|Birth: ||Feb. 14, 1815|
|Death: ||Feb. 14, 1884|
District of Columbia
District Of Columbia, USA
A woman of great heart, Lydia Hamilton Smith was born on Valentine's Day at Russell Tavern in Adams County, Pennsylvania, to an African American mother and an Irish father. She married a free black man named Jacob Smith and bore two sons but they separated before he died in 1852 and she raised the children alone.
Thaddeus Stevens of Lancaster, whom Lydia Smith and her mother knew when he was an attorney and abolitionist in Gettysburg, offered her a position as his housekeeper. She moved there with her young sons in 1847. In 1848 Stevens was elected to the U.S. Congress, where he advocated ending slavery. In recent years, archeologists have discovered evidence that the cistern at his Lancaster house was used as a hiding place for freedom seekers and suspect that Stevens and Smith participated in the Underground Railroad. Smith accompanied Stevens on his trips to Washington, D.C. She was a close friend, included in Stevens's social gatherings and addressed as "Madam" or "Mrs. Smith." In 1860 Smith purchased her home from Stevens, on a lot adjacent to his.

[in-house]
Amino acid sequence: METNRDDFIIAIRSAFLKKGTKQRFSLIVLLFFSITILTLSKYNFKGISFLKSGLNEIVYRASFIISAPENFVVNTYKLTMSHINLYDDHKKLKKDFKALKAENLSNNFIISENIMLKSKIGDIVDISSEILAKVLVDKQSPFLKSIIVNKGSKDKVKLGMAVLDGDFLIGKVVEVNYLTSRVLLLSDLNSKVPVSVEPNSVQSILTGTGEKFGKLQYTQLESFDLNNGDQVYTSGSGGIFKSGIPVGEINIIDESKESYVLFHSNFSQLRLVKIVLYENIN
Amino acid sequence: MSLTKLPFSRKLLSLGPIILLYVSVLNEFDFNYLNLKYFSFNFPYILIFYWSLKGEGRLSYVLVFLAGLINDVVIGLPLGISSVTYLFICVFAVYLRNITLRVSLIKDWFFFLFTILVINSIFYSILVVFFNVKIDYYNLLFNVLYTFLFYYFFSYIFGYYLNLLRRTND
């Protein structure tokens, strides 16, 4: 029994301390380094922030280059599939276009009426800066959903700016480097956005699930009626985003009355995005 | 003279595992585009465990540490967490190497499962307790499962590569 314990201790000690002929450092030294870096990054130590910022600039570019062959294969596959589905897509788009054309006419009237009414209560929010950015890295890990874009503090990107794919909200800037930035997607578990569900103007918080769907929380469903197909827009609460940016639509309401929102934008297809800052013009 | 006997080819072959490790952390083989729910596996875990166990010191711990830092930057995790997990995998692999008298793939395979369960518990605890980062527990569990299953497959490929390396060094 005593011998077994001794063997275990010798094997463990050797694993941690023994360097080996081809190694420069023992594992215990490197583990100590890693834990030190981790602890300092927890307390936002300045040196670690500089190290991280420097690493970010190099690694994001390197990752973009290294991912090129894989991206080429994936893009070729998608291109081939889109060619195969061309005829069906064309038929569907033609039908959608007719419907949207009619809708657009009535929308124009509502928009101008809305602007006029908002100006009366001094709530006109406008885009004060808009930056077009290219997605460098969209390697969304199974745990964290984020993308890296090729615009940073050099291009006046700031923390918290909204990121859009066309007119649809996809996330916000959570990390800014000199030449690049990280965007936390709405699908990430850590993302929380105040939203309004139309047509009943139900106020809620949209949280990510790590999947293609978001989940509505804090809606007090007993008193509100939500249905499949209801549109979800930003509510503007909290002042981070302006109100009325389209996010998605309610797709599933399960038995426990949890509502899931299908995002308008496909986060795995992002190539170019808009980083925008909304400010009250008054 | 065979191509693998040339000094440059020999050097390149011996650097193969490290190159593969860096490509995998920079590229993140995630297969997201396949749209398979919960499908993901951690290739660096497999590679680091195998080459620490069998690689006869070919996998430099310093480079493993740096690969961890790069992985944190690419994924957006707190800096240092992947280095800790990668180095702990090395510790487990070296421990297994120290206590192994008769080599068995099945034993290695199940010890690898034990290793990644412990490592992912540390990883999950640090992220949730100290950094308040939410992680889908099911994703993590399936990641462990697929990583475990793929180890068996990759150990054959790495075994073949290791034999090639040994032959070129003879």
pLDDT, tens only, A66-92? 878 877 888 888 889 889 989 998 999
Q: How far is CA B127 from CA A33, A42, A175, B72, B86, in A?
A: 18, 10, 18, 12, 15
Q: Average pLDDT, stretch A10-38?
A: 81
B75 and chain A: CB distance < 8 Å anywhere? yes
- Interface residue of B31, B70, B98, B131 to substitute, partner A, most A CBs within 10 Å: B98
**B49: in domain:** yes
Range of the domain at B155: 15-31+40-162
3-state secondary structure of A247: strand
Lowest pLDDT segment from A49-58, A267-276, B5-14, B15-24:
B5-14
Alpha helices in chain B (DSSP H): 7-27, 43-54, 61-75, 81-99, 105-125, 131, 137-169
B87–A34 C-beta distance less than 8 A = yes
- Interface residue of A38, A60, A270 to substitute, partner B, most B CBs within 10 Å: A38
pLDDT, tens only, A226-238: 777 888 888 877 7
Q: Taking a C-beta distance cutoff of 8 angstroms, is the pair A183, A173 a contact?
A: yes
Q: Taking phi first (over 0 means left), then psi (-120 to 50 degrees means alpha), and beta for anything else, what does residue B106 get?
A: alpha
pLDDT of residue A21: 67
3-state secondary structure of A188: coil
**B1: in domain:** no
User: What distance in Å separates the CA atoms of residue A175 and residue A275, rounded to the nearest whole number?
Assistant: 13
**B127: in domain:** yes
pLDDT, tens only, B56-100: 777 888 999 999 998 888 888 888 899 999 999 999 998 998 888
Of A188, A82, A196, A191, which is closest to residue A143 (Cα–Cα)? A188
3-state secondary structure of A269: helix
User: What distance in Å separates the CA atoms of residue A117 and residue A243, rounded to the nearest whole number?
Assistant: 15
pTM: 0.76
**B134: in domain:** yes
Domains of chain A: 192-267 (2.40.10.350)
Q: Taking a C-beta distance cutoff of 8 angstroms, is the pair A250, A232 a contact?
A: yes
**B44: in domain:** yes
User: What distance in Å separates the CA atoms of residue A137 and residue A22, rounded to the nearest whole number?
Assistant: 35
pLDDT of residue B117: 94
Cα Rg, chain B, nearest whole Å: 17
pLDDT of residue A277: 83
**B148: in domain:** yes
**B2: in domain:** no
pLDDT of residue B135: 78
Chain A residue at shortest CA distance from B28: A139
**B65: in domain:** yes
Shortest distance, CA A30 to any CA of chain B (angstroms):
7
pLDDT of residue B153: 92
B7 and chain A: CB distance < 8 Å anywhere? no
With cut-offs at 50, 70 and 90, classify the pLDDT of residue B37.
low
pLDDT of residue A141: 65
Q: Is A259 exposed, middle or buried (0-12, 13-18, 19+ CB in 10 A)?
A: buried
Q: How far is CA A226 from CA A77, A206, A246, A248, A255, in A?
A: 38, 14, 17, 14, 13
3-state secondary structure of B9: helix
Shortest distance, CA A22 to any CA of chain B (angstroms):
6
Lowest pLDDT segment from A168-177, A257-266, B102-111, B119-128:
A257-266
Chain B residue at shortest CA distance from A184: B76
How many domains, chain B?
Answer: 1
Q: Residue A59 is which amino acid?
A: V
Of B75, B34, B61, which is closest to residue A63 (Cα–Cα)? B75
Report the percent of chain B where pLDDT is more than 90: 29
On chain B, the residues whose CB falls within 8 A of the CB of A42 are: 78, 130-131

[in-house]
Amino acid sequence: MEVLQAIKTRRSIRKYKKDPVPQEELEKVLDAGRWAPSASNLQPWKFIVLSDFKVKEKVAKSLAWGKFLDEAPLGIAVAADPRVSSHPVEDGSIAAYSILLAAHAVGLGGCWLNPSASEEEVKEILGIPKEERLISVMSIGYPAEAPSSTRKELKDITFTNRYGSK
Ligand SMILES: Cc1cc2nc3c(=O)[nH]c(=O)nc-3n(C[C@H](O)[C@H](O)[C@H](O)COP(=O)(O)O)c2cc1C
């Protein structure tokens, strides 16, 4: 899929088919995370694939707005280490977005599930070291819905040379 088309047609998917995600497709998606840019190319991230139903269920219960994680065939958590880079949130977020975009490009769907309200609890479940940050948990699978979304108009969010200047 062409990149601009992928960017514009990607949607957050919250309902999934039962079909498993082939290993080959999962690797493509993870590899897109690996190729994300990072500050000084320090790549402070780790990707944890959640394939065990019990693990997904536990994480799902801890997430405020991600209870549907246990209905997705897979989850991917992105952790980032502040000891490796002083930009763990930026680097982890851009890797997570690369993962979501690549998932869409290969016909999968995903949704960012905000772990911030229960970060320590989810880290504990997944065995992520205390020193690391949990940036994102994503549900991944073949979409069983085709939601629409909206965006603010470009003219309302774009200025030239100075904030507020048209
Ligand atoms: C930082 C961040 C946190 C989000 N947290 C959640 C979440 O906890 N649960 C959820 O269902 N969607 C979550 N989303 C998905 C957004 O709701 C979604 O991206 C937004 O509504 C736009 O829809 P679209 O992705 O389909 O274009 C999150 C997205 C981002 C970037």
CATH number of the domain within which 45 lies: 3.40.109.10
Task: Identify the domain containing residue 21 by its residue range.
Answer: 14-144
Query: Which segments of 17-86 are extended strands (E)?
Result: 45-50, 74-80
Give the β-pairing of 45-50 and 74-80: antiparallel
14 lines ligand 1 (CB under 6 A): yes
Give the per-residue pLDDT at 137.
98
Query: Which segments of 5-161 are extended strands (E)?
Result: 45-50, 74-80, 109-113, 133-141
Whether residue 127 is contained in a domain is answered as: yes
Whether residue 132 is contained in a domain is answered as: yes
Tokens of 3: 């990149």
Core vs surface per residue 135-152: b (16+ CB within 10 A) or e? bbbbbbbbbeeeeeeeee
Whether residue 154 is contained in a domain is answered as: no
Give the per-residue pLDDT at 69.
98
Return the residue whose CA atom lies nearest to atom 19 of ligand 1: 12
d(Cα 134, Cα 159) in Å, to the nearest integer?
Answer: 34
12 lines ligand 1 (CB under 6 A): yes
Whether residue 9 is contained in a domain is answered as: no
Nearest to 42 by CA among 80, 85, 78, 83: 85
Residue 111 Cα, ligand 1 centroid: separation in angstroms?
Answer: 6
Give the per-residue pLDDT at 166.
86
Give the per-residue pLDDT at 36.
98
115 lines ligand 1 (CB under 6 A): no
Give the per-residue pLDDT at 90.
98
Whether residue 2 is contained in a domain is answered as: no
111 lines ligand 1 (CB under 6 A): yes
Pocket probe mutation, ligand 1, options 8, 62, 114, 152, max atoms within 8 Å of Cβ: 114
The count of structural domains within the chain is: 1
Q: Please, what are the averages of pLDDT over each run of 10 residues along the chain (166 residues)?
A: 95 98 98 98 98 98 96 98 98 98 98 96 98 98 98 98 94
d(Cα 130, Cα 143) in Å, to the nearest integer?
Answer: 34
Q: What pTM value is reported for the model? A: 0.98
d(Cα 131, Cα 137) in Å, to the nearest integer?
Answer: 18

The 1860s brought hardship and Civil War. Lydia Smith's oldest son William died in 1860 and Isaac, a noted banjo player and barber, enlisted in the 6th U. S. Colored Troops in 1863. He and his regiment served primarily in Virginia.
After the Battle of Gettysburg in July, Lydia Smith acted upon her compassion for the tens of thousands of wounded soldiers. Driving a borrowed horse and wagon through Adams County to a field hospital, she collected donations of food and clothing and distributed them among the wounded men, Union and Confederate alike.
Smith and Stevens's partnership lasted 24 years, until "the Great Commoner" (as Stevens was known in Congress) died in 1868.
Stevens left $5,000 to Smith in his will. She purchased Stevens's home in Lancaster and a large boarding house across from the prestigious Willard Hotel in Washington, DC. She spent most of her time operating the establishment and earned a reputation as an astute businesswoman, but she returned often to Lancaster.
Saint Marys Roman Catholic Cemetery
Created by: Mark Stoner
Record added: Nov 20, 2010
Find A Grave Memorial# 61911136
Dear Mrs. Smith,I heard of you for the first time ever today. You were a great woman. I hope you are resting in peace.|
Added: Nov. 19, 2014
Added: May. 22, 2014
So happy to be able to honor your memory here, and proud to call you a Pennsylvanian woman. God Bless, and thank you.|
Added: May. 9, 2014
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